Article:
The Unexplainable Ruins of Yanmen Shan Mountain

The Unexplainable Ruins of Yanmen Shan Mountain

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Along the side of Yanmen Shan mountain, located twenty kilometers to the east of Nanjing, China, the legendary Yangshan quarry can be found. Although it is believed to have been in use from at least the time of the Six Dynasties (220 – 589 AD), the majority of the work at Yangshan is still attributed to the wave of construction that took place after the Ming dynasty was founded in 1368 AD, when the new emperor, Zhu Yuanzhang, chose nearby Nanjing to become his capital city.

As the story goes, the Emperor’s son ordered the construction of a gigantic stele in 1405 AD for the Ming Xiaoling mausoleum; which had been built for his father, by his father, and was then later completed during the reign of his son. The Yangshan mountain quarry was chosen by the city’s stone-masons. They were then said to have cut and crafted three enormous blocks from the mountain side before finally coming to the realization that the blocks they’d been cutting were far-too big. At which point, they abandoned the effort in favor of a more realistic project.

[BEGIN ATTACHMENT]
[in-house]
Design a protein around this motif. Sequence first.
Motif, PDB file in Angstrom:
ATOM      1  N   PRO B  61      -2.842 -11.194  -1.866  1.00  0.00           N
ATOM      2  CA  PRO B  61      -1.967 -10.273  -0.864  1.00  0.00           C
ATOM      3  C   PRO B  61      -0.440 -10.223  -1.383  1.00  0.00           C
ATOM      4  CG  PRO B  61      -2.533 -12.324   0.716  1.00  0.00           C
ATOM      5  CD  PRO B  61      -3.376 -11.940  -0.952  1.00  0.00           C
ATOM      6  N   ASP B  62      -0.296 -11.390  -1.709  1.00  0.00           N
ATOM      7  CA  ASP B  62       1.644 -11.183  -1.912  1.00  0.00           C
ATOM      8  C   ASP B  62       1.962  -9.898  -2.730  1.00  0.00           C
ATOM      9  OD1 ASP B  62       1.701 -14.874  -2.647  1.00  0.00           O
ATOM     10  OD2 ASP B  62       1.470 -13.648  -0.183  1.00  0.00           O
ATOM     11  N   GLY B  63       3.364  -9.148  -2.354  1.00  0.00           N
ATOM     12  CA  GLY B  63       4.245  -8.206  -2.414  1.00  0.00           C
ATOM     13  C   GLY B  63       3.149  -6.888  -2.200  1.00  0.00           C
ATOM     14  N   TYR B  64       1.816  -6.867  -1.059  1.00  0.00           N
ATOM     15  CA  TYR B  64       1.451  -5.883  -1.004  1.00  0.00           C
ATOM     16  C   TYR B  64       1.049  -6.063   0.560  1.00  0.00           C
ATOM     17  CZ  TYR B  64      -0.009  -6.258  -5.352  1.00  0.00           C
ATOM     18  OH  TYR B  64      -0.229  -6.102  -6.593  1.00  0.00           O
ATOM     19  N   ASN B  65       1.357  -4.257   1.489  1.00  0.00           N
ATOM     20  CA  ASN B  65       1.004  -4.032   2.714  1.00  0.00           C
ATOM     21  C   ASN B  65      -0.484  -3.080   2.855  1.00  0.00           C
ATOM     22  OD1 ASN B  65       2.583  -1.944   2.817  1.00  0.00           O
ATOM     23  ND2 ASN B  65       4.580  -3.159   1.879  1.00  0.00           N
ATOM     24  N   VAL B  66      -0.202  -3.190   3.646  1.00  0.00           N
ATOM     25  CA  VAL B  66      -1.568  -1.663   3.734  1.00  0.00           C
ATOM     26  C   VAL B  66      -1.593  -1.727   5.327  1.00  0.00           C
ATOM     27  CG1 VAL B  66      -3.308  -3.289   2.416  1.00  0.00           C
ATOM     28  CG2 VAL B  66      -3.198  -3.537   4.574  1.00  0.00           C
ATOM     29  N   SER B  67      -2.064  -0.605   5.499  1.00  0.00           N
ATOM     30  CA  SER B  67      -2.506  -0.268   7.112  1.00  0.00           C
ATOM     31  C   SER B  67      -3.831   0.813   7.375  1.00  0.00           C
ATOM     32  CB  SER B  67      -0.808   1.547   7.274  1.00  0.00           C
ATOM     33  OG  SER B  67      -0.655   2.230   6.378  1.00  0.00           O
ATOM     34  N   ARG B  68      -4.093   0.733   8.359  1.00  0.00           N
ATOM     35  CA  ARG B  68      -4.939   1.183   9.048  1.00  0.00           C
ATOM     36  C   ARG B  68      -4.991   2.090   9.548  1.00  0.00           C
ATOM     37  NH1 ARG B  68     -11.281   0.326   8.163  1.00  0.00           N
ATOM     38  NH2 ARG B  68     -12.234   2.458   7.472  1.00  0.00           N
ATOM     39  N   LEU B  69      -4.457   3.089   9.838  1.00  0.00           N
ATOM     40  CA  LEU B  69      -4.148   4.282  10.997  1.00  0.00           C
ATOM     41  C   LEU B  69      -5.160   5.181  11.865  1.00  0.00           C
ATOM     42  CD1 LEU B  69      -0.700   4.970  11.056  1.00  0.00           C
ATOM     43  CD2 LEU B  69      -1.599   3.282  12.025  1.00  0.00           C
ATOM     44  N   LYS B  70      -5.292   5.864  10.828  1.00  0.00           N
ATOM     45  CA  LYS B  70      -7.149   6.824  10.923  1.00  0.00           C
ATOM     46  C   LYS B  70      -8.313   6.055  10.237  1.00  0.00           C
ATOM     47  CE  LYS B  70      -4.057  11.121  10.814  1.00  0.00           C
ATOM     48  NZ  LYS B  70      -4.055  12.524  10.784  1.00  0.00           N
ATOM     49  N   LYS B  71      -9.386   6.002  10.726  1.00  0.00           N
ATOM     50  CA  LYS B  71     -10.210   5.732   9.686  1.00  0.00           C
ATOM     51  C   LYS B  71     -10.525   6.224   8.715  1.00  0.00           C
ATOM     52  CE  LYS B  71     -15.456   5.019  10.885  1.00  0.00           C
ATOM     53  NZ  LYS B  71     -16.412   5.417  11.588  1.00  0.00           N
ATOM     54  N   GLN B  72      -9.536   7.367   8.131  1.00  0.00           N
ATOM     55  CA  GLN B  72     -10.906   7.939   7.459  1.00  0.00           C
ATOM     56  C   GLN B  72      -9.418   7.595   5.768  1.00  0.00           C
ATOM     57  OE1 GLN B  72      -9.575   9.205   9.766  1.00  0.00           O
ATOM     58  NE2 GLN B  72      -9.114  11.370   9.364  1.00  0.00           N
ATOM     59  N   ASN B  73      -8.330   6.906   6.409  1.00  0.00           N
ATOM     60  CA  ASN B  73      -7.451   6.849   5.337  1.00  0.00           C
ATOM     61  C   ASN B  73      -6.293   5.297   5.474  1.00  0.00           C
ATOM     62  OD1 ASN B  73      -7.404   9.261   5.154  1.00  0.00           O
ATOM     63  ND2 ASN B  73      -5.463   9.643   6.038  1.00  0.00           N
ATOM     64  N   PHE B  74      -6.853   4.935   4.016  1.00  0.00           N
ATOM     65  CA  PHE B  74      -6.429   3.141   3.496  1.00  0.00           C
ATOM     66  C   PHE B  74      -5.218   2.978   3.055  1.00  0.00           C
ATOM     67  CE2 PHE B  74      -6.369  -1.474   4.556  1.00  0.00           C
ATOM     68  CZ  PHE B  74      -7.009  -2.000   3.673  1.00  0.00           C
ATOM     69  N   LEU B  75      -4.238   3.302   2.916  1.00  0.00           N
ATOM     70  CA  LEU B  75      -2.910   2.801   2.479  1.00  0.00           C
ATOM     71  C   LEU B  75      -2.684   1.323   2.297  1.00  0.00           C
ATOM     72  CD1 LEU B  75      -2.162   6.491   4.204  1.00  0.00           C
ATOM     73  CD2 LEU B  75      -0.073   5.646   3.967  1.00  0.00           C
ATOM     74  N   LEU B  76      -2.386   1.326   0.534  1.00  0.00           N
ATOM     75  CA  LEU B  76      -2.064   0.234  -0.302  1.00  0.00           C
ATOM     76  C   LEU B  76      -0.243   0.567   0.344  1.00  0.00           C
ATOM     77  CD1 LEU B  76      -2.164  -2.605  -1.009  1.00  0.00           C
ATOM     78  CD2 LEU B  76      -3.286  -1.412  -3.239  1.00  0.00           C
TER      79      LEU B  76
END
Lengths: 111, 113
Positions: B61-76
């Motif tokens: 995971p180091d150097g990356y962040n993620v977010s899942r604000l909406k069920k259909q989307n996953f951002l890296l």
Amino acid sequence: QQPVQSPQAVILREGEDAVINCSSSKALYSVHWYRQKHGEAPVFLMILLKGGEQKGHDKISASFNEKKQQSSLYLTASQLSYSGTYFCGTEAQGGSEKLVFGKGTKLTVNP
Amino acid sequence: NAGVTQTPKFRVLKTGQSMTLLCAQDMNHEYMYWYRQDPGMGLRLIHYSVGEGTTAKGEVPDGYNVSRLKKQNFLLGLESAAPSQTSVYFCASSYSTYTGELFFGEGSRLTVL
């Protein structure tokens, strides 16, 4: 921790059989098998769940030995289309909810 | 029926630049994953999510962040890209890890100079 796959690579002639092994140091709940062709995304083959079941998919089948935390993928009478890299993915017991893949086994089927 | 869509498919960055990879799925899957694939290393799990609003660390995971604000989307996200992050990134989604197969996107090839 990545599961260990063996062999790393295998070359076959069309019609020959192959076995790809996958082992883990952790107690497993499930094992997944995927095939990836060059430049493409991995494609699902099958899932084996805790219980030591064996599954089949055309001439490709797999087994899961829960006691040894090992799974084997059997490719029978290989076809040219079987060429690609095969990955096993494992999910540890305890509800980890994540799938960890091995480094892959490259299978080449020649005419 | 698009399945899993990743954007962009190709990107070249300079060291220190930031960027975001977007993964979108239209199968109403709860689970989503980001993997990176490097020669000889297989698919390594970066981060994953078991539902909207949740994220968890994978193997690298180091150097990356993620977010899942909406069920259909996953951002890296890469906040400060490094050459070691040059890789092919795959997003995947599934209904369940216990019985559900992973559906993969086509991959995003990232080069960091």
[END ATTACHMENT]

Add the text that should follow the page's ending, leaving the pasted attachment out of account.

How big were these blocks that they mistakenly sized-up?

The stele that these masons did end up creating for the Emperor is 6.7 meters tall—8.78, if you include the height of the stone tortoise it’s perched on—and, altogether with the tortoise, would weigh right around 100 tons. If assembled, the stele that they were said to have mistakenly attempted would have been over eight times as tall—73 meters high—and over three-hundred and ten times its weight—31,000 tons. For reference, a typical car weighs between 1 and 1.5 tons; the largest monolith, in the ancient and modern world, is the 1,250-ton Thunder Stone moved by Russia in 1770, resembling a rough outcropping that was never carved.

The stele that was built for the Emperor’s mausoleum [credit: Vmenkov]

One part of the stele that was claimed to have been cut out for the Emperor; it is hundreds of times bigger than anything man has ever been known to have moved [credit: Vmenkov]